A number of years ago I watched a deeply moving play exploring an old man’s experiences during the disorientation of his dementia. Perth based performers Arielle Gray, Chris Isaacs and Tim Watts provided a beautiful, thoughtful insight which was incredibly touching. I am sure I wasn’t the only person who left the theatre in tears!

The play begins with a sad elderly man watching television. At sunset he becomes alarmed by first a teacup shifting, and then his furniture moving inexplicably. This simple starting point being especially powerful knowing that dusk is the time of day that people suffering this condition can become their most confused. So fearful is he, he runs from his home out into the darkness. He then begins a journey, being pursued by a figure with a butterfly net. Possibly symbolising the man both being chased by, and trying to capture his memories, which are evasively fluttering around him.

Dementia rates are rising. It is estimated that ‘three in 10 people over the age of 85 and almost one in 10 people over the age of 65 have dementia’. More alarming is that the rate of people with younger onset dementia is increasing. This may affect people in their 50’s, 40’s and even their 30’s.

So what is dementia? Dementia Australia states ‘dementia describes a collection of symptoms that are caused by disorders affecting the brain. It is not one specific disease. Dementia affects thinking, behaviour and the ability to perform everyday tasks. Brain function is affected enough to interfere with the person’s normal social or working life.

As we age, it’s normal that we may suffer occasional lapses of memory. However with dementia, there is a progressive decline in short term memory, such as forgetting where you have put your keys or forgetting to pay a bill. Yet often the memory of events that occurred a long time ago can be easily recalled. Sometimes while telling a story, the individual has difficulty finding the correct word or may pause as if they were searching for what they were about to say. It may be the individual cannot seem to find the name for a person, even if the other person is very familiar.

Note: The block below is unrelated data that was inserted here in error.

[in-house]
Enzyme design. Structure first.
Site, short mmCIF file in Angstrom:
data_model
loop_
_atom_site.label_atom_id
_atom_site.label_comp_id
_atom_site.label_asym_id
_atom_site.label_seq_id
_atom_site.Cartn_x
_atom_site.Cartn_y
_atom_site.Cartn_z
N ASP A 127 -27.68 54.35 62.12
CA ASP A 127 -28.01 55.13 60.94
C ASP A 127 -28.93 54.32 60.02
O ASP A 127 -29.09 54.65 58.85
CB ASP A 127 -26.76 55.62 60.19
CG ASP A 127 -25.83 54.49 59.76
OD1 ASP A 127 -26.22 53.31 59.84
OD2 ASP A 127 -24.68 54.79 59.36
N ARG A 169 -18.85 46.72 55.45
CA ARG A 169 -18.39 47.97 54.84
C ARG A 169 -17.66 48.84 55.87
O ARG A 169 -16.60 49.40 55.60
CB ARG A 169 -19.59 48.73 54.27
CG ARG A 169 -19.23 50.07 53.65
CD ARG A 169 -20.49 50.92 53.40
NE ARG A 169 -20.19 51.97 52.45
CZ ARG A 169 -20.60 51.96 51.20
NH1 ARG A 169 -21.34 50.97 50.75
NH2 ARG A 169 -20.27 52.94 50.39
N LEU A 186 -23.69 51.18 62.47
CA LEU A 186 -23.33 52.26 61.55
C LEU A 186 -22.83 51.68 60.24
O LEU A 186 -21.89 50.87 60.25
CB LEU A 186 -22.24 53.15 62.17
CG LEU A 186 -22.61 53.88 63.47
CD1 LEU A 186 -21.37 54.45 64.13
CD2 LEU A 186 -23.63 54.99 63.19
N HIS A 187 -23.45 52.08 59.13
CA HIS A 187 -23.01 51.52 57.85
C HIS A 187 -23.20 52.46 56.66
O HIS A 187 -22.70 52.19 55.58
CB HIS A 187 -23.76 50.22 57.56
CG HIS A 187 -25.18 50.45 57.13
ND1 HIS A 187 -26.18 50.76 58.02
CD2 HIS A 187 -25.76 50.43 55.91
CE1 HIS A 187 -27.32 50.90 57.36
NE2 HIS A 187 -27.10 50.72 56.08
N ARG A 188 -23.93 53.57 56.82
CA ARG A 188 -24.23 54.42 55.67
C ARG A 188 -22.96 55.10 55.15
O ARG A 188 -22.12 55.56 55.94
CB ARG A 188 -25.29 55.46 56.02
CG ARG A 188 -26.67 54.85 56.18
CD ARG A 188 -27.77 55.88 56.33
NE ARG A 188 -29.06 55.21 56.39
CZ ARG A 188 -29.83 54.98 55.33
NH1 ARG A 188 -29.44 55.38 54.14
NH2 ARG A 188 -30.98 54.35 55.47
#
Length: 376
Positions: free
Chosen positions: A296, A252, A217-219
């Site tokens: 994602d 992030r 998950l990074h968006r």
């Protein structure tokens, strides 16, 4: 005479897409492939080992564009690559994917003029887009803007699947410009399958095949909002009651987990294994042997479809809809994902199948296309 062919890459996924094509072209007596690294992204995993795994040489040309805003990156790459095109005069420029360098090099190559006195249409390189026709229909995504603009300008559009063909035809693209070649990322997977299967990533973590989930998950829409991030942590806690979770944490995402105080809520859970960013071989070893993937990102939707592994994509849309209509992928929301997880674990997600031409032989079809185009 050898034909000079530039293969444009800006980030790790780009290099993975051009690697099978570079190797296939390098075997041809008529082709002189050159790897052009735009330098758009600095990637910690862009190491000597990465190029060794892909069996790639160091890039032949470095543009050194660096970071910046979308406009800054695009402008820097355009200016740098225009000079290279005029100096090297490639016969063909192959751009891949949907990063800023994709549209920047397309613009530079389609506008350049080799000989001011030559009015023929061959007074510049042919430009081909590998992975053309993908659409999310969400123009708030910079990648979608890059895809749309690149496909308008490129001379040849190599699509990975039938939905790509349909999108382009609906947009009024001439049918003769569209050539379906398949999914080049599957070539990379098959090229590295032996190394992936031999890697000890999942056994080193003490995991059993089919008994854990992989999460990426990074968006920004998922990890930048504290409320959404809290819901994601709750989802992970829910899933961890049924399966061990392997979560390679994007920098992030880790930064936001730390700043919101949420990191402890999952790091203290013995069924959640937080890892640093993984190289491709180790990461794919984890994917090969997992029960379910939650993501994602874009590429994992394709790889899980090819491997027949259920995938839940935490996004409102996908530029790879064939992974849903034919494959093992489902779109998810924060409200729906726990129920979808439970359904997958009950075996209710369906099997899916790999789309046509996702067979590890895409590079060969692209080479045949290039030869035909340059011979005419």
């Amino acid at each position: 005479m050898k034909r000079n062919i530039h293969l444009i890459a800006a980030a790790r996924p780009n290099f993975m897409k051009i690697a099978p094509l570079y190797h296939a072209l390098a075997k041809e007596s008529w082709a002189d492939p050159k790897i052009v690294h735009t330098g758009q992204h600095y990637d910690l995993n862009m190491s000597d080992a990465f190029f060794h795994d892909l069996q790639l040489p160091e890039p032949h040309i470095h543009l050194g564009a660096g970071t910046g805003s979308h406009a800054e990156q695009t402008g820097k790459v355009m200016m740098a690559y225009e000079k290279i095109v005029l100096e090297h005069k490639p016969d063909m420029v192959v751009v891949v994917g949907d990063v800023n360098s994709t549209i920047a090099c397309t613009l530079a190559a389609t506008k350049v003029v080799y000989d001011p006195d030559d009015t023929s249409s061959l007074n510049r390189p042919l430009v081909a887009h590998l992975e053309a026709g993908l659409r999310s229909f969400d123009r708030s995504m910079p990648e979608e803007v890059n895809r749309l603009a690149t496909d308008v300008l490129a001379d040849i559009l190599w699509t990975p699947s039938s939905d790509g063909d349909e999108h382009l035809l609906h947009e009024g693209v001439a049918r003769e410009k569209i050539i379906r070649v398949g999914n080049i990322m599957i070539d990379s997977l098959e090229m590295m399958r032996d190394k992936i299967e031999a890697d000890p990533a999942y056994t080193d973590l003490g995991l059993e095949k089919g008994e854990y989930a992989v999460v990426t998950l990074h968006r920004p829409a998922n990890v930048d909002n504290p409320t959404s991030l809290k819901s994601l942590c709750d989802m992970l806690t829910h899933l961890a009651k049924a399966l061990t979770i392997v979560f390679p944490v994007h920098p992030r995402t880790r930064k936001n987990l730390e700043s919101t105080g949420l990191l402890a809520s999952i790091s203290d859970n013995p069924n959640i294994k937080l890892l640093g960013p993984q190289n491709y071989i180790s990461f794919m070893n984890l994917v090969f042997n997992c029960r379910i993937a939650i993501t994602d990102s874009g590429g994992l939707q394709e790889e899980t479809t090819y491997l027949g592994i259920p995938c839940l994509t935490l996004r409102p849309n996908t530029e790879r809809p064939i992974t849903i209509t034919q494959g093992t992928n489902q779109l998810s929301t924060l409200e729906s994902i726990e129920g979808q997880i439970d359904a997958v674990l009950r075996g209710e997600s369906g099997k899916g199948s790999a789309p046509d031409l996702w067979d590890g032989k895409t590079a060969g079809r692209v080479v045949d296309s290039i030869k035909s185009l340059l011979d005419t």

The person may appear confused, make poor decisions or have difficulty concentrating. They may experience sudden mood changes and appear to not realise those changes have occurred or that they are unusual or out of character. Irritability, anxiety or depression may be present. The person may start to lose interest in their normal life.

Often what is noticed is the person may repeat their stories, forgetting they have told them before. This may extend to forgetting they have done something, like checking the mail box, so they may check it repeatedly. Humour is often used by those observing these behaviours. Asking incredulously, ‘are you for real?!’ is unlikely to be understood as light-hearted, in fact, people experiencing this condition may become more concrete and literal in their communication.

They may forget how to do simple routine tasks such as tying shoelaces and also stop being able to learn and retain new information. For example, being shown how to send a text message on a mobile phone, and then being unable to remember how to do this later. They may have difficulty coping with changes in their routines or environment. Some may start to lose their sense of direction, forgetting how to get to a particular place including returning to their home. Also common is arriving at a destination yet forgetting how they got there or why they wanted to go there.

There are a range of preventative solutions to reduce the risk of dementia including:

  • Ensuring you have a healthy diet including Omega-3 fats (tuna, salmon, seaweed etc).
  • Engage in mental stimulation exercises such as crossword puzzles, quizzes, changing your routines.
  • Participate in regular exercise.
  • Activate your relaxation and stress management techniques.
  • Schedule social activities such as volunteering, clubs / groups, and catching up with family / friends.
  • Make sure you get quality sleep.

For more information: www.dementia.org.au